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14 Penn Designers Win Award for 1920s Lobby Restoration

By Alan Neuhauser | April 30, 2013 7:32am | Updated on April 30, 2013 10:46am

MIDTOWN — The $1 million overhaul of an iconic Midtown lobby ranked among the top historic-preservation projects in 2012, earning coveted honors at the New York Landmarks Conservancy's Lucy G. Moses Awards at Grand Central Terminal Monday night.

International design firm Swanke Hayden Connell Architects took home a Moses award for its work at 14 Penn Plaza, which restored the 88-year-old building's lobby and vestibule to its 1920s luster, all while adding a host energy-efficient infrastructure.

"The owners restored the lobby and vestibule back to their historic place, even though the building's not a designated landmark," conservancy public policy director Andrea Goldwyn said. "We thought it was really cool that they recognized the beauty of the historic features, that they were willing to recognize the features, and they recognized that it would be attractive to tenants."

14 Penn Plaza, a 22-story office building, was one of nine properties to be named for a Moses award. In addition, preservation advocate Franny Eberhart received the the conservancy's Preservation Leadership Award, Queens Borough President Helen M. Marshall took home its Public Leadership Award, and FRIENDS of the Upper East Side Historic Districts was awarded the Preservation Organization Award.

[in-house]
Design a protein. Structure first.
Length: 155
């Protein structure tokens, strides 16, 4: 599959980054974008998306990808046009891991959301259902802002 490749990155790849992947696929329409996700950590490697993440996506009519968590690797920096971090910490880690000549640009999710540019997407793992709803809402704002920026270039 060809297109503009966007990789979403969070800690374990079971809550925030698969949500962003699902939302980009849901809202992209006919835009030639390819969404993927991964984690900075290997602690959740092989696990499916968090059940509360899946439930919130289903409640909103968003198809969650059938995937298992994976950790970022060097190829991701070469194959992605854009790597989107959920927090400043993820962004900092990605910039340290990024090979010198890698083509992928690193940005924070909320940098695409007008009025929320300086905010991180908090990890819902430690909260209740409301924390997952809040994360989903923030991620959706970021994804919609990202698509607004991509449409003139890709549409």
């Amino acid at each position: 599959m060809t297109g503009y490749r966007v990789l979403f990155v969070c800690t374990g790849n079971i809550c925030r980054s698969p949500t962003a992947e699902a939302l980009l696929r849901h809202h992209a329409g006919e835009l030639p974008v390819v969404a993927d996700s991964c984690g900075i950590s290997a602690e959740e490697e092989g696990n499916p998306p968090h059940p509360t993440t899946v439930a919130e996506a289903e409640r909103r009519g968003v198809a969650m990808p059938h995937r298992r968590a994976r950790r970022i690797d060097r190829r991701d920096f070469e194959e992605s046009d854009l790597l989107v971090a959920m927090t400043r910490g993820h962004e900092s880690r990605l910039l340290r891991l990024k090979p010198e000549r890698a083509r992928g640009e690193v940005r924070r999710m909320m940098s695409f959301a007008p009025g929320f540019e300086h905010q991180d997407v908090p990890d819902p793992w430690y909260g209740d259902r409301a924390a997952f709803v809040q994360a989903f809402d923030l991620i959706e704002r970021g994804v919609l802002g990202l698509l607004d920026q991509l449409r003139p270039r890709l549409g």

A team of roughly eight architects, designers and assistants worked on the 14 Penn project, said Elizabeth Moss, director of historic preservation for Swanke Hayden Connell Architects. The lobby had undergone near-constant renovation since it opened in 1925, most recently in 2002, and upgrading the space took two years from design to completion.

"By the time we got involved with this project, the existing vestibule and lobby, which in 2002 had been considered state-of-the-art, was appearing dated and incongruous with the historically significant building," Moss said. "We did a lot of research. We found the historical documentation on it. We did investigative probes to find interstitial places where we could place mechanical upgrades and conceal the systems."

A highlight, she described, was a series of bronze grills in the lobby that matched the Gilded Age aesthetic, but provide heating, air conditioning and venting to the lobby.

"These grills were made based on the design that we came up with that we noticed elements of on the facade," Moss said.

She added that an occupied building posed a challenge.

"We definitely had to do a fair amount of dismantling of what was there, and do it in such a way that the occupants remained safe to go about their workday," Moss said.

The work was completed last year. The building's owner, South Williamsport Holdings, took home a crystal trophy. Swanke Hayden Connell Architects received a certificate.